Hi Cindy – kaleidoscope canes are my all-time favourite and I have experimented a few times. Because I’m mean (heh heh) I don’t like wasting clay so am nervous of making up a large cane, but I understand that sometimes you have to start with a plate sized cane so that the design isn’t lost when reduced. Because of that my designs end up tiny and much darker than I want, I haven’t tried lightening up the canes with white yet but it is something I will do.

    I was wondering if there is a trick to blending all the different cane colours together, when I put my old canes into a kaleidoscope I find that the colours are almost too distant from each other to make a harmonious combination.

    Am I doing something obviously wrong? There is very little research material available on kaleidoscoping which is a shame as it really is my favourite.

    **PHOTOS ADDED: The following link will take you to a Spotlight Article featuring some pictures of Polyanya’s beautiful work: Kaleidoscope Canes


  12. Cindy Lietz, 04 July, 2009

    Actually Polyanya, the larger the cane is when you start, the more distortion you get when it is reduced. So unless you are selling canes and need an enormous amount of one design, starting with a plate sized cane is not a very good idea. Working with smaller canes means you don’t use as much clay and it is easier to see what it will look like reduced. Most of my original canes are no more than 2″ across and 2″ long. That gives me plenty of cane to use.

    As far as the contrast that is easier to see when you start smaller too. Since there isn’t a huge difference in size from the original cane to the reduced cane, the colors don’t darken as much. You may only need to adjust a little to get the look you want.

    One trick for making the colors more harmonious, is to add a little of one color, to all the colors in your cane. For example, by adding Gold clay to every color, they will all match together. Another way is to wrap the same color around each element in your cane. This works well with Kaleidoscope canes.

    I will be making videos on Kaleidoscope canes at some point, but until then I hope this helped a bit.

  13. Polyanya, 06 July, 2009

    Thank you Cindy it has a bit, just that I meant when I put my old canes together to make a kaleidoscope – I have mixed up some new canes following this tip and I’ve made some amazing colours! So going back to old canes, would you wrap them all in a coordinating colour perhaps? Think I’ll try it anyway and see how it works.
    I’ve just taken delivery of some Kato clay, not used it before and I ordered the pack of four saturated primary colours, lots of white and some gold so I’ll be experimenting this pm.

    Looking forward to the video tutorial!

  14. Cindy Lietz, 08 July, 2009

    Yes Polyana, that is what I meant. If you wrap each of your old canes in a color (for example black), than all the colors will be pulled together, like grout does in a mosaic.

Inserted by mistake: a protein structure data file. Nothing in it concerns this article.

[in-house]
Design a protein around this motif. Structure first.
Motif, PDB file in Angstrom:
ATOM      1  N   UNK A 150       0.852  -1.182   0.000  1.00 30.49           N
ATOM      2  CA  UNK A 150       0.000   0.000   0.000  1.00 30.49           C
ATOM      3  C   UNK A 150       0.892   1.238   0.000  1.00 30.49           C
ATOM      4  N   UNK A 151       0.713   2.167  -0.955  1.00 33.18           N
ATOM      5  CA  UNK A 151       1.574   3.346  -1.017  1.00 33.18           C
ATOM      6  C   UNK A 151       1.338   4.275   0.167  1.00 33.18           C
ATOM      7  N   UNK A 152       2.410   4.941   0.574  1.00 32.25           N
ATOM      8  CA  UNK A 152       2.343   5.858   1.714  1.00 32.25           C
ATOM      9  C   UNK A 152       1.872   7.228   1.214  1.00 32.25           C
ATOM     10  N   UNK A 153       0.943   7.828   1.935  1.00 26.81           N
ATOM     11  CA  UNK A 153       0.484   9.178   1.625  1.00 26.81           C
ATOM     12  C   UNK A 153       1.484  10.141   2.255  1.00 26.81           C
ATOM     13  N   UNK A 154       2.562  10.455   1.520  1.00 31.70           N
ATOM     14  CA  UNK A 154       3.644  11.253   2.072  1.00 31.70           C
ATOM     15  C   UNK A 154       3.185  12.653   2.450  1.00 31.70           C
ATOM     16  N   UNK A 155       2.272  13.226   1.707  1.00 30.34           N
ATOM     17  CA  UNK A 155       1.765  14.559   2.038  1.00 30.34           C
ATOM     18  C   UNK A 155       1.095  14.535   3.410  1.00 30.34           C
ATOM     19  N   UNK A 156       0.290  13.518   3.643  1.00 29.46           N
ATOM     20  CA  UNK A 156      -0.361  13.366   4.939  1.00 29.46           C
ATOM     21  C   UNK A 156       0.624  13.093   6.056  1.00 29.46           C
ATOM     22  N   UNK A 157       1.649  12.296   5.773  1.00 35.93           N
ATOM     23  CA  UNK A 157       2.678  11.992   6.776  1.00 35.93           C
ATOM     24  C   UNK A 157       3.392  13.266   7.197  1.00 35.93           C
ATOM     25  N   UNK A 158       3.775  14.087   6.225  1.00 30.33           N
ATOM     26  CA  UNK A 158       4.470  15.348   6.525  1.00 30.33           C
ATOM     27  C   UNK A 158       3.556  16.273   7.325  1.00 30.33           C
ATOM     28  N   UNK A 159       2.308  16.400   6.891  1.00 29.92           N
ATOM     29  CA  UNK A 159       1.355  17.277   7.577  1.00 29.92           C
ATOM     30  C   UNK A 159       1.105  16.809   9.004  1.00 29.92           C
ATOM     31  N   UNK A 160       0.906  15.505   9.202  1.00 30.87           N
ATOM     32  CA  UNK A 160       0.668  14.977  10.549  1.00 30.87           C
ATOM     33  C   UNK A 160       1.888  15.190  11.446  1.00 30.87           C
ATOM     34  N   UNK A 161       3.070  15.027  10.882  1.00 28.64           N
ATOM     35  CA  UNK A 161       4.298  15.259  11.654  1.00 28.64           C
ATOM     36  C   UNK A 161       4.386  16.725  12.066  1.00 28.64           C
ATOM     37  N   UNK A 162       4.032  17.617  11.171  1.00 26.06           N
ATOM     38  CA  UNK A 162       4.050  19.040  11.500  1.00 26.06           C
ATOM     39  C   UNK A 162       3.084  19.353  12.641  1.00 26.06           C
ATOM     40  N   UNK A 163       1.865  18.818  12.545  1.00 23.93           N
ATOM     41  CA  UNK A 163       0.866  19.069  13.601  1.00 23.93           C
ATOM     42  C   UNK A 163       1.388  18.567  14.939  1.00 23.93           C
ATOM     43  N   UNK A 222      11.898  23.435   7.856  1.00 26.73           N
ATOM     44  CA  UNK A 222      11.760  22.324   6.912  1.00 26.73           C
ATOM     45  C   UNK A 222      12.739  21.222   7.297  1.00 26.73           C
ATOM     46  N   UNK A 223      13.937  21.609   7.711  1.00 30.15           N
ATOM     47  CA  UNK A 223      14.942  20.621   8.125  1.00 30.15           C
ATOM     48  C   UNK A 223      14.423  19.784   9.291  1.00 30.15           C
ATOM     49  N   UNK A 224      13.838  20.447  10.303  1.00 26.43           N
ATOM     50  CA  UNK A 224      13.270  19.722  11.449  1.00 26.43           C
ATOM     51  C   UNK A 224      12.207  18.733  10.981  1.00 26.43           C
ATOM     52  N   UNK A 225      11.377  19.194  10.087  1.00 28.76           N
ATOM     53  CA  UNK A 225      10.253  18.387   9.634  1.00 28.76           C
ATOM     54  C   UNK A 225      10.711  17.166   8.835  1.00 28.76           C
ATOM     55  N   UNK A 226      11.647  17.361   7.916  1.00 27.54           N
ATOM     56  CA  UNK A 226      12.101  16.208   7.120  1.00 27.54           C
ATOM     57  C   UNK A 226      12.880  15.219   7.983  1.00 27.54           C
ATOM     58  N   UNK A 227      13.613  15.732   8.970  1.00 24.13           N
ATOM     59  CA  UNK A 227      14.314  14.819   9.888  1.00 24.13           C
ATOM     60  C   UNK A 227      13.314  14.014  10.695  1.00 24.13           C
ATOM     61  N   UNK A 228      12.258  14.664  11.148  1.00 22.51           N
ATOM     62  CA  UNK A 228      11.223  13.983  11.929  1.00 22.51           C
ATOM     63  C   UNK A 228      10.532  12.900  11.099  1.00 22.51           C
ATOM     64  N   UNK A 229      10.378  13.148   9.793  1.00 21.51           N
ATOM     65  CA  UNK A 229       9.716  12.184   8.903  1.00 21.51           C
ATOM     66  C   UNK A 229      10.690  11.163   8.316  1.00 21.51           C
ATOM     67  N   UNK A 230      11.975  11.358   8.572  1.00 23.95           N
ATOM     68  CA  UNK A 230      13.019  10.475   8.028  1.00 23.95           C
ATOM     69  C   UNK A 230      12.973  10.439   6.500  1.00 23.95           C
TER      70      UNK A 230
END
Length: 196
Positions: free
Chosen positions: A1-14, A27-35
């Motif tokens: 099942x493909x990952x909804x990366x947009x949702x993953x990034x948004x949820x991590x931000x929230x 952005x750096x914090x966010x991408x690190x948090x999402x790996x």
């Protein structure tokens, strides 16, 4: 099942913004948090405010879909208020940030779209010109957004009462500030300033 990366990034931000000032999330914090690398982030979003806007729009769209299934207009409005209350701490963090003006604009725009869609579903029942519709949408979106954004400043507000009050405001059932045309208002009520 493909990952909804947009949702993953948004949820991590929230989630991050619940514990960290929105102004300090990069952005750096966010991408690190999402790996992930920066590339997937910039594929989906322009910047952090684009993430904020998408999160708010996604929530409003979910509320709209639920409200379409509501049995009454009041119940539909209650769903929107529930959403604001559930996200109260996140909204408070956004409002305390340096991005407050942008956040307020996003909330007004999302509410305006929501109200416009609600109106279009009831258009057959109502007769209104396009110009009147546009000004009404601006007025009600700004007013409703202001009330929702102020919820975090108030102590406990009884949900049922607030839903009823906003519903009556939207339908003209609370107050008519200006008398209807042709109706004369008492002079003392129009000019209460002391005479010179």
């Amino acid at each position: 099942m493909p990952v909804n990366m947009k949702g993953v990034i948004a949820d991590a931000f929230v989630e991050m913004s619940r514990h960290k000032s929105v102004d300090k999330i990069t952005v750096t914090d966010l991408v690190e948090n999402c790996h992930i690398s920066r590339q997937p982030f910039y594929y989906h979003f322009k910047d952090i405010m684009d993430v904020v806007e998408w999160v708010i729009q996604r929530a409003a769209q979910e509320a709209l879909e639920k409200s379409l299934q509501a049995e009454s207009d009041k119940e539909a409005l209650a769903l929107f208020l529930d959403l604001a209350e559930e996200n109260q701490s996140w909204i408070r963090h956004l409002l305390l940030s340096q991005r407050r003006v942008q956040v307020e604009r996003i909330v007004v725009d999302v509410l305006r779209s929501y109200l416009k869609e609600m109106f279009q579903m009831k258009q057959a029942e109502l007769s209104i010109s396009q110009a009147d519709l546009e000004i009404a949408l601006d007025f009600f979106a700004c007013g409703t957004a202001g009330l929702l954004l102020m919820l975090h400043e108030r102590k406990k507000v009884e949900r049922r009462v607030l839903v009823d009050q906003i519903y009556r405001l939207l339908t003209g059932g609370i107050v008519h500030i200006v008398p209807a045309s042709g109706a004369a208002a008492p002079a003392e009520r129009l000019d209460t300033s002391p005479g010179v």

Let us know how your experimenting goes with the Kato clay. Also tell us if you found it difficult to condition or if they have softened the clay up a bit.

  15. Polyanya, 09 July, 2009

    Thank you Cindy, I’ll try that idea if I have any old canes left – I’ve been working on your tip of making lentil beads and using old cane slices on the edges, they make amazing beads!

    The Kato white was extremely difficult to condition, even after 30 goes through the pasta machine it was still cracking in the end I mixed it with some premo translucent, that worked. The gold was easy peasy. I made up four blobs of colour using the white and the four concentrates and then set about mixing up shades of purple and ochres. They looked great.

    I made a geometric triangle, which was then reduced and cut up and formed into a cane.

    I was very impressed with the final result. Probably the best cane I have made, with crisp clean lines and good shape.

    I would definitely use Kato again for the more intricate canework, but to be honest I’ll stick to Premo for everything else.

    I’d love to post a photo to show but I’m inept regarding computers – I’ll have to speak nicely to Mr Polyanya!

  16. Cindy Lietz, 09 July, 2009

    I would love to see photos Polyanya. Your cane sounds wonderful! Just email me a note and attach the photo to the email. At this time it is not possible to upload your photos directly to the blog, so as soon as I get a chance.

  17. Polyanya, 12 July, 2009

    Hi Cindy I will send you photos as soon as I’ve made up some beads with the canes so I can post pics of canes and then beads all buffed up with my new tumbler. I’ve been experimenting with tumbling with rocks and it seems to be working really well.

  18. Cindy Lietz, 12 July, 2009

    Sounds Good Polyanya. I look forward to receiving them.

    General FYI to everyone: I’ve recently started a “Spotlight” feature hear at the blog for showcasing project photos and stories submitted by all of you. You can read all about it in the “Jupiter Beads” link by my name above.

  19. Cindy Lietz, 07 August, 2009

    **PHOTOS ADDED: Some project pictures have just been added to a Spotlight Feature showcasing Polyanya, a member who is very much appreciated here at this supportive polymer clay community. Click on the “Kaleidoscope Canes” link by my name above to have a look.

  20. Pam, 03 September, 2009

    Yes, yes, please do a video tutorial on how to make kaleidoscope canes!!!

  21. Cindy Lietz, 08 September, 2009

    OK Pam, I’ll put it on the list!